By Jonathan Schanzer
Palgrave Macmillan, 2008. 256pp. $26.95
Divisions among Palestinians generally do not receive their due attention, Jonathan Schanzer correctly points out, in the immense academic and journalistic coverage of the Arab-Israeli conflict. Instead, an official, propagandistic, and inaccurate party line holds sway. To quote Rashid Khalidi, a former Palestine Liberation Organization employee now teaching at Columbia University,[i] a "uniform Palestinian identity" exists. The Palestinians are one—full stop, end of story.
This simplistic and ahistorical understanding largely dominates how outsiders see the Palestinians, to the near exclusion of other, more nuanced analyses, and the party line afflicts the whole history of the conflict—the period before 1948,[ii] the heyday of pan-Arabism, the emergence of the Palestine Liberation Organization, and especially the 20-year period, 1987 to 2007, that Schanzer studies in the following pages. As he puts it, "While the mainstream American media overreported the violence between the Palestinians and Israelis, the 'other struggle for Palestine,' which began to play out between Fatah and Hamas, received little to no coverage in America."
Many differences divide Palestinians—Muslim and Christian, urban and rural, sedentary and nomadic, rich and poor, regional—but Schanzer, a highly talented historian of the modern Middle East, establishes here the nature, extent, and significance of two specific intra-Palestinian tensions: primarily that fight between Fatah and Hamas, for this has the most acute and immediate political importance, and secondarily the dichotomy between the West Bank and Gaza.
Hamas versus Fatah traces the history of the two groups' relations from the emergence of Hamas in late 1987 to the Hamas conquest of Gaza in June 2007, then surveys the implications of this hostile but subtle relationship. In summary, Schanzer traces the simultaneous weakening of Fatah and strengthening of Hamas over this period. By 2008, Fatah's leader, Mahmoud Abbas, is enfeebled, "no more than the president of the Muqata compound in Ramallah," while Hamas rules the roost in Gaza, threatens to seize power on the West Bank, sends hundreds of rockets into Israel,[iii] and even challenges the government of Egypt.[iv]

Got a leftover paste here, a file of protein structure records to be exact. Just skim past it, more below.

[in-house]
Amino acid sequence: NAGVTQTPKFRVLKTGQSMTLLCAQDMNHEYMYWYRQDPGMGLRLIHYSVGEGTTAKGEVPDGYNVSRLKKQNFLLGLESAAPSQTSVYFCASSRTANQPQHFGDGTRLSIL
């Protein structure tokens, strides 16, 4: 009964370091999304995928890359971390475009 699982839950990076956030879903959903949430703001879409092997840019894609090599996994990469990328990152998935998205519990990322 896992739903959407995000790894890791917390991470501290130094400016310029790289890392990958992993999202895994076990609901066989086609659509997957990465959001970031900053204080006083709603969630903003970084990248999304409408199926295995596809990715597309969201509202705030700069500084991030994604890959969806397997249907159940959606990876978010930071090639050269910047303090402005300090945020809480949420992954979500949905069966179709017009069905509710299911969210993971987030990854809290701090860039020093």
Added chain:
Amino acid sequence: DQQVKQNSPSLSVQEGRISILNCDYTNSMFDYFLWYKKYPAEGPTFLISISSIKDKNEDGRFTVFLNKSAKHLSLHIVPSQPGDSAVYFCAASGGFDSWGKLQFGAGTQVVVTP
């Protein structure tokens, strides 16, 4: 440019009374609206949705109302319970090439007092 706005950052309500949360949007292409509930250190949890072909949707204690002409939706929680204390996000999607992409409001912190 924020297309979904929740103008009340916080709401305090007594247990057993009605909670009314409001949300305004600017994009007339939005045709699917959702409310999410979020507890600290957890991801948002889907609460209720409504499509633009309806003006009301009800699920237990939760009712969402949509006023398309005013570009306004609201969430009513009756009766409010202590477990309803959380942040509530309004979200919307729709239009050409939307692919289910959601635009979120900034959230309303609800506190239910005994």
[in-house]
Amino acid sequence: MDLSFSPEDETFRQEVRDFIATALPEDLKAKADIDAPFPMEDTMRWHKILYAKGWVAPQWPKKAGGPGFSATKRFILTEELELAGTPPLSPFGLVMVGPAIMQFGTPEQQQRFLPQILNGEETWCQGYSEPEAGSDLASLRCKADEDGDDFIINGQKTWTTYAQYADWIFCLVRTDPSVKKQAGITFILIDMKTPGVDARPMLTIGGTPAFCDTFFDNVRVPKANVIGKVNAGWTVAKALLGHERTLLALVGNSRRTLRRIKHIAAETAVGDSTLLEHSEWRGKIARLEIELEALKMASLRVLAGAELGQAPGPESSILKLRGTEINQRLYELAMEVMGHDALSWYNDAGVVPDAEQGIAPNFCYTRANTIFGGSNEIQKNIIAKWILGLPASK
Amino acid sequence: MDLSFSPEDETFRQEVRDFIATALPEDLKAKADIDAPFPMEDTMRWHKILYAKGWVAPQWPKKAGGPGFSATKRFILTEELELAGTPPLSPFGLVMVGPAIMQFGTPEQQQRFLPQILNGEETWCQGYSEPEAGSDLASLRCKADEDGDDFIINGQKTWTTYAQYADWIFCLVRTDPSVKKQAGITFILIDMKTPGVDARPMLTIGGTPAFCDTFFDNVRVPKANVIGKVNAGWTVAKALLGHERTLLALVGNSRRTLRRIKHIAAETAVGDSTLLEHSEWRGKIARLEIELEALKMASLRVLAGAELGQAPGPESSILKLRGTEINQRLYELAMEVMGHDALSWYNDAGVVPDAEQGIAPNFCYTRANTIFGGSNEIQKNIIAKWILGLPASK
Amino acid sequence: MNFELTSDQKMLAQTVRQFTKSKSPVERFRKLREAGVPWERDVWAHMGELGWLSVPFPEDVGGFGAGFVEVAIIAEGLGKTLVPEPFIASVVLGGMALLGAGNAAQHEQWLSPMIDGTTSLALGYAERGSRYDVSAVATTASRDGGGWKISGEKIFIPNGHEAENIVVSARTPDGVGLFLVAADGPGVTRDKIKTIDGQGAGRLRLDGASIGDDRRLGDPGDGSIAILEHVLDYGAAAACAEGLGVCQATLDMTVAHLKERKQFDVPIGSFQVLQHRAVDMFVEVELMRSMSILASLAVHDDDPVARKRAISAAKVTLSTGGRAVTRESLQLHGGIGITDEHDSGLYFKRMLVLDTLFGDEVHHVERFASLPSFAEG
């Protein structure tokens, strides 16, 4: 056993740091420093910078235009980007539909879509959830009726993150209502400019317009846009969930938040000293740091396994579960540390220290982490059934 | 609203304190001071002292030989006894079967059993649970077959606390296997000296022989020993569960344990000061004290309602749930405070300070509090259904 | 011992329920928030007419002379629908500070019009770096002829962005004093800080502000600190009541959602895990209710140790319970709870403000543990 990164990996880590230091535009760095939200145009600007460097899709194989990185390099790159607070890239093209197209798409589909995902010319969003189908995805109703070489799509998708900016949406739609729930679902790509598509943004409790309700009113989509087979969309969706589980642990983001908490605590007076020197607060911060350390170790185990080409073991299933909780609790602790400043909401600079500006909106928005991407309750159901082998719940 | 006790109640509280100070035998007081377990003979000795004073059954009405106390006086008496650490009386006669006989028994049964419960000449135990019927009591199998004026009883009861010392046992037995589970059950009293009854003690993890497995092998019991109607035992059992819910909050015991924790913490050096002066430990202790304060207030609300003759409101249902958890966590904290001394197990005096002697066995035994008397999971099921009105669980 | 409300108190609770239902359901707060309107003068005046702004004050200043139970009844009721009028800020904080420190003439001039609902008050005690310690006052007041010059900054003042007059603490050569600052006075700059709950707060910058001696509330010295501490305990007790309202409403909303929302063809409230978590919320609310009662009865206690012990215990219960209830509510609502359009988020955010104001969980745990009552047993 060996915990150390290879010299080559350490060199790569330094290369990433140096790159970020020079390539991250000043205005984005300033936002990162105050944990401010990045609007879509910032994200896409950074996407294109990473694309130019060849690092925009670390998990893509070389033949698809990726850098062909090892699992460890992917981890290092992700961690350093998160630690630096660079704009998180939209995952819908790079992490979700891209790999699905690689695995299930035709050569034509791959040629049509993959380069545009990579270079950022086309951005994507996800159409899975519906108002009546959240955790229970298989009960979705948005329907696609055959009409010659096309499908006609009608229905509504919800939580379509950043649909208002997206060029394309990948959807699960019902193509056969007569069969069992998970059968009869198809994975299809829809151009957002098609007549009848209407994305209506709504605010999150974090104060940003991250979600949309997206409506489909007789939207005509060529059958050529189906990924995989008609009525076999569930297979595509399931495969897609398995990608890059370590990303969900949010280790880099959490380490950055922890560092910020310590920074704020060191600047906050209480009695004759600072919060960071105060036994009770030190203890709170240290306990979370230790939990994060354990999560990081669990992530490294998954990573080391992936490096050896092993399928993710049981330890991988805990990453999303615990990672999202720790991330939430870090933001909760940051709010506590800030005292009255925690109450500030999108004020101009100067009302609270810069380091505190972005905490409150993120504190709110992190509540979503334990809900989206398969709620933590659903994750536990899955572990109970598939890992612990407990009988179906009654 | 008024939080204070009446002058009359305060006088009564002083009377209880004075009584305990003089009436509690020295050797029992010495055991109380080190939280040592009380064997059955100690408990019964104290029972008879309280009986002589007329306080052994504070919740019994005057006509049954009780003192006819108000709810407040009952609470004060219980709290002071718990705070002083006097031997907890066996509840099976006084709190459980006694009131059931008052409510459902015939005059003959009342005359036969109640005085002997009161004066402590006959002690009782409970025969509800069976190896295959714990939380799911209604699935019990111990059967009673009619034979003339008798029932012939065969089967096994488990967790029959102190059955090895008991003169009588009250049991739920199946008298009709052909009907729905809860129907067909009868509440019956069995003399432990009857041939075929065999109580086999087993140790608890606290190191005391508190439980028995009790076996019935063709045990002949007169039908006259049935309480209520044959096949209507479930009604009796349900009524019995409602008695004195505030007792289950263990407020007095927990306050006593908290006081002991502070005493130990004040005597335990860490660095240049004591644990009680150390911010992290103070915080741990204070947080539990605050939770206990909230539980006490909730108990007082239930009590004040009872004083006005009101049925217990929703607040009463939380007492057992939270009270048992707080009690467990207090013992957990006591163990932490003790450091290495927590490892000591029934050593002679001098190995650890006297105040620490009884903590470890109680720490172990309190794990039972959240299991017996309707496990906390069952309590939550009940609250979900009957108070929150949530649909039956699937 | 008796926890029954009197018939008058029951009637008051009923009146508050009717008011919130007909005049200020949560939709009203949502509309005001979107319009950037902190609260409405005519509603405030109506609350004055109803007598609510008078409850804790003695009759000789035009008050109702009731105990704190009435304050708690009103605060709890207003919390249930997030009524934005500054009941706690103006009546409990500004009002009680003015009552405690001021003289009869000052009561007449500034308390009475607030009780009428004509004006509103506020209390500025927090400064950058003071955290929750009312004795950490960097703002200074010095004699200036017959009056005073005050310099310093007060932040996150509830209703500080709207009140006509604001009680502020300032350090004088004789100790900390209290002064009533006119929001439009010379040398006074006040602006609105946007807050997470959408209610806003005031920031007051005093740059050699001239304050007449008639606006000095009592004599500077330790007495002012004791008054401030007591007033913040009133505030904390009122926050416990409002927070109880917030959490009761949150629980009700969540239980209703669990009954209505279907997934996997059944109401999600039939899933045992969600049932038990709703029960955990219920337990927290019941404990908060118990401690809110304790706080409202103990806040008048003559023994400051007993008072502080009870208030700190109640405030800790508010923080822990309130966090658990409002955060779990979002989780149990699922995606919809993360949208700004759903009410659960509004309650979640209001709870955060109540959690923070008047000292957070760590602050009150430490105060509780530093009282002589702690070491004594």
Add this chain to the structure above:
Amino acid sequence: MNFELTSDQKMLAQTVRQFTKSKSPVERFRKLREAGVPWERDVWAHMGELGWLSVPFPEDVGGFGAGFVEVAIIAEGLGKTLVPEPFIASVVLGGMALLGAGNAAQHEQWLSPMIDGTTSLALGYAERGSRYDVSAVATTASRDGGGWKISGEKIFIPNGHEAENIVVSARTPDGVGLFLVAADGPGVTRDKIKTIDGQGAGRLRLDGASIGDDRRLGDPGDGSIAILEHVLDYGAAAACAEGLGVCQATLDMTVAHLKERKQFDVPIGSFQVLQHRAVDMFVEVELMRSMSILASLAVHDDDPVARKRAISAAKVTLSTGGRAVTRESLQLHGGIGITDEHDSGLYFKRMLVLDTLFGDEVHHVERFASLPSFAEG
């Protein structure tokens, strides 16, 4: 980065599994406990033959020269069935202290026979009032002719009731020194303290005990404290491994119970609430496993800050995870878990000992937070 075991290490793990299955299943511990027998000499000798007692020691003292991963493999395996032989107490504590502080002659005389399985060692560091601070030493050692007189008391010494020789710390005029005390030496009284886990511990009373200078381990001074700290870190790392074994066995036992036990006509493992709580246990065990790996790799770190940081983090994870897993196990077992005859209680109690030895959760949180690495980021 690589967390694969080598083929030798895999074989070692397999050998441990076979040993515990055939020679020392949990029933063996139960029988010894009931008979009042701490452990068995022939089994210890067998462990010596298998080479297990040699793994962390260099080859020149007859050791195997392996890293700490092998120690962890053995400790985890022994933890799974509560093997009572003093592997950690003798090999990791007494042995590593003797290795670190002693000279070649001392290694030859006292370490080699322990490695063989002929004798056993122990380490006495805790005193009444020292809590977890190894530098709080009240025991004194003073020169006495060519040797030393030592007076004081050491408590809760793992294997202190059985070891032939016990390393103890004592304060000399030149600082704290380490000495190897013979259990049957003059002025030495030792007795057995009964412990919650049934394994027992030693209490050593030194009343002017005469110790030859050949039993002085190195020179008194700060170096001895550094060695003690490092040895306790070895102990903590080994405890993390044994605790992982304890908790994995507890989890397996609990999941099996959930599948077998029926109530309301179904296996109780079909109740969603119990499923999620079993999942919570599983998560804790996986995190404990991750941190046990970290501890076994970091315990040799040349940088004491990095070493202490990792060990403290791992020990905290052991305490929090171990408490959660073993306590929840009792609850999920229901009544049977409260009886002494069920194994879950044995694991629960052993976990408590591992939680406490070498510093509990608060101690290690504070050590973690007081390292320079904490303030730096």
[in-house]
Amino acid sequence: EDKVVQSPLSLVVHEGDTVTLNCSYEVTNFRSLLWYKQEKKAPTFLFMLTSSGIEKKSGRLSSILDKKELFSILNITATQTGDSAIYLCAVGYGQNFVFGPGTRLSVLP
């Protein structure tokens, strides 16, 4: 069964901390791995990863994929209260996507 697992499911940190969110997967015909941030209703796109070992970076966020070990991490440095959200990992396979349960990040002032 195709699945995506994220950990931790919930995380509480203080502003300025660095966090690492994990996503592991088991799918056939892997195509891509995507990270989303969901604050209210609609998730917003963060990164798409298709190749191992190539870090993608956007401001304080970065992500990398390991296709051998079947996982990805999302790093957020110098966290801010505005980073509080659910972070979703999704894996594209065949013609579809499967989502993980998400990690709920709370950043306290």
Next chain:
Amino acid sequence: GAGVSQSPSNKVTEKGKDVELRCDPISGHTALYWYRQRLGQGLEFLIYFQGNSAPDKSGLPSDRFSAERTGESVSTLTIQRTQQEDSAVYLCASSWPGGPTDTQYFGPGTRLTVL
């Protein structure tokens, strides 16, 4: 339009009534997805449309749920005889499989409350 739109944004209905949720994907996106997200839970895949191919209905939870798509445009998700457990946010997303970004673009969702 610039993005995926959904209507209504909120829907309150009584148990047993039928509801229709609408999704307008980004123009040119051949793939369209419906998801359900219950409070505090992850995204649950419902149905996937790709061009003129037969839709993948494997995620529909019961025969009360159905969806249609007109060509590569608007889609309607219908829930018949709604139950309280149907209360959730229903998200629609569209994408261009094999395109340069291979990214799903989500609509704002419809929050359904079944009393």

This dramatic shift in fortunes can be attributed to many factors, but perhaps most of all to the fact that whereas Yasir Arafat's Fatah was all things to all Palestinians, Hamas represents a coherent movement, with a fixed outlook and specific goals. Time and again Schanzer demonstrates how the discipline and purpose of Hamas has given it the edge over the corrupt and amorphous Fatah.
Palestinian self-destruction, neglected or not, ranks as a major U.S. foreign policy concern, especially since 1993, when Washington cast its lot with Yasir Arafat, Fatah, the Palestine Liberation Organization, and the Palestinian Authority, hoping against hope that Western backing would transform a revolutionary movement long allied with the Soviet Union into an agency of good government and status quo aspirations.
Among its many conceptual mistakes, this hope implied devoting too little attention to the competition raging between Fatah and Hamas since 1987 for the backing of the Palestinian street, a competition that impelled Fatah not be seen as going easy on Israel but as aggressively anti-Zionist as Hamas. Given that Fatah was in negotiations with successive Israeli governments and it had to make gentle noises to the Israeli and western media, the organization had to take a particularly ferocious stance on the ground. What American (and Israeli) policy makers tended to dismiss as incidental turned out to have deep and abiding consequences; suffice it to say that the Palestinian constituency for accepting Israel as a Jewish state has steadily lowered since the heady days of late 1993, to the point that it now represents only about a fifth of the body politic.